Shiv Sena Suggests 'Family Planning' for Muslims, Christians in New Controversy

The editorial in Shiv Sena mouthpiece Saamna advocates smaller families for Muslims to stay 'happy and healthy'

Mumbai:

Days after it published a controversial column on voting rights for Muslims, Shiv Sena mouthpiece Saamna has featured a provocative editorial claiming minorities needed to adhere to family planning as the "growing population of Muslims and Christians has become a threat to Hindus."

It objects to the word "sterilisation" or "nasbandi" and says it prefers "family planning," backing similar comments made to much outrage by Sadhvi Deva Thakur, a leader of right-wing organisation Hindu Mahasabha recently.

The Sadhvi had called for an "emergency" to force "Muslims and Christians to undergo sterilisation (nasbandi) so that they can't increase their numbers."

"What she meant was family planning...She should not have uttered the word 'nasbandi'. But family planning and population control are one and the same thing," the Sena said in its editorial today, adding "even stray dogs cannot be sterilized forcefully, as Maneka Gandhi is standing up for them. But stray dogs later bite people."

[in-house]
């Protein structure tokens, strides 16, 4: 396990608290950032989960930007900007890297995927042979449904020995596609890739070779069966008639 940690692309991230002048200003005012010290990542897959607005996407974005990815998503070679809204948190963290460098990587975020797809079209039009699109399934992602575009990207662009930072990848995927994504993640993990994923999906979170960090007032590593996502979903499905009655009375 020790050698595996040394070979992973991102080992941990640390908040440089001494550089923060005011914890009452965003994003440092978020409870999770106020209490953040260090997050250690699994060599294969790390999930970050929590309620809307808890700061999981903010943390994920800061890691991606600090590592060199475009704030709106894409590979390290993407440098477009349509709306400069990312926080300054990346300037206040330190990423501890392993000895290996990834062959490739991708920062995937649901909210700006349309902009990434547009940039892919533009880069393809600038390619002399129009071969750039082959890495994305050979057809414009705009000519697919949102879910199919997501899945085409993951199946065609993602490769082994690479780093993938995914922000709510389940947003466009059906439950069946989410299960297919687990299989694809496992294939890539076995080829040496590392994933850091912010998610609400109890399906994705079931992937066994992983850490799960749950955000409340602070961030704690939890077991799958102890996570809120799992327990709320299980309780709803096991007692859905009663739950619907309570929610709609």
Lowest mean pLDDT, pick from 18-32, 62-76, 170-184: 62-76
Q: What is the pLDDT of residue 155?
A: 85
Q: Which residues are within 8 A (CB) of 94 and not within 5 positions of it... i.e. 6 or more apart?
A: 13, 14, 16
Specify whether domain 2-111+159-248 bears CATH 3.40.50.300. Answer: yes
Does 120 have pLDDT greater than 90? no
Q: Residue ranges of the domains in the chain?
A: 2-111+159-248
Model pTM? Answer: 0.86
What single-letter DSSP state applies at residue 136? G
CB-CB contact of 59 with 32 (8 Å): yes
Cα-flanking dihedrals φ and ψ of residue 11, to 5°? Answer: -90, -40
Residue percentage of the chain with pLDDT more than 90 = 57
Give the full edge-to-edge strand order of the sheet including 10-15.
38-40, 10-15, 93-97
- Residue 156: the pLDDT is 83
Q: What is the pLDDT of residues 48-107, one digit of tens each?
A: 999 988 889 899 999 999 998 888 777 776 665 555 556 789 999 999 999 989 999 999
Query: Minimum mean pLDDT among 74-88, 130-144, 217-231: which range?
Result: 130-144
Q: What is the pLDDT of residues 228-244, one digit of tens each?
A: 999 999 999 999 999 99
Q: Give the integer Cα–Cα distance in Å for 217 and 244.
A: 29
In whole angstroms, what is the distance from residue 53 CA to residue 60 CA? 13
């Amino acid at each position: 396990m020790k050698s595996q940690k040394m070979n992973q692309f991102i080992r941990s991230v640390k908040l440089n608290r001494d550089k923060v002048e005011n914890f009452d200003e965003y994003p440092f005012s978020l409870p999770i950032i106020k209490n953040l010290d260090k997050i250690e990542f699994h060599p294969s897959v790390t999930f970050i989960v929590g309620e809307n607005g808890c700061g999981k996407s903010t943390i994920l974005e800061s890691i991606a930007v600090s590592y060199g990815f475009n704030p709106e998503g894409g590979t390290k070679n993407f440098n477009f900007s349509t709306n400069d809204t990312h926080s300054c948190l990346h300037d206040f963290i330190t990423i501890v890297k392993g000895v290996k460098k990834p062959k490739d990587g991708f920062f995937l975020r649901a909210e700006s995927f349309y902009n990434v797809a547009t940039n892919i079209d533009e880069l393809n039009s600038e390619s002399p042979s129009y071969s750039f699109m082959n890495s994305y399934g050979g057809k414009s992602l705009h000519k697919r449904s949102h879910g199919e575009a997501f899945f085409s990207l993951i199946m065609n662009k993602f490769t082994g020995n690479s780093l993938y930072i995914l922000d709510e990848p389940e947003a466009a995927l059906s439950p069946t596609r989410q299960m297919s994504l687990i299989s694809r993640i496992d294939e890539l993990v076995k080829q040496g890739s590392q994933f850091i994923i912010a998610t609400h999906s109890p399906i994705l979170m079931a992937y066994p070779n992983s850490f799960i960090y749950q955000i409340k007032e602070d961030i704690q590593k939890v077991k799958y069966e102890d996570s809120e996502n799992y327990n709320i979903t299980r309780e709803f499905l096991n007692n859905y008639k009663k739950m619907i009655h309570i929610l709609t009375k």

It advocates smaller families for Muslims to stay "happy and healthy,"  saying, "When we raise the demand for performing 'nasbandi' - sorry, family planning - it is in the best interests of the country and the Muslim community... With family planning, they will be able to feed and educate the children and live better lives..."

The Sena has slammed Samajwadi Party leader Azam Khan for his recent statement that Muslims are poor so they produce more children. "We are wasting time engaging in a useless debate on 'nasbandi' versus 'family planning'... If nothing else, the Muslim leaders can at least sterilise their communal ideology and save the country," it writes.

On Sunday, Shiv Sena leader Sanjay Raut sparked a major controversy by saying in a column that Muslims in the country were being used for vote bank politics and that revoking their voting rights would solve their problems.

As nation-wide criticism poured in, Mr Raut, who is Saamana's executive editor and a member of Parliament, alleged he was "misunderstood."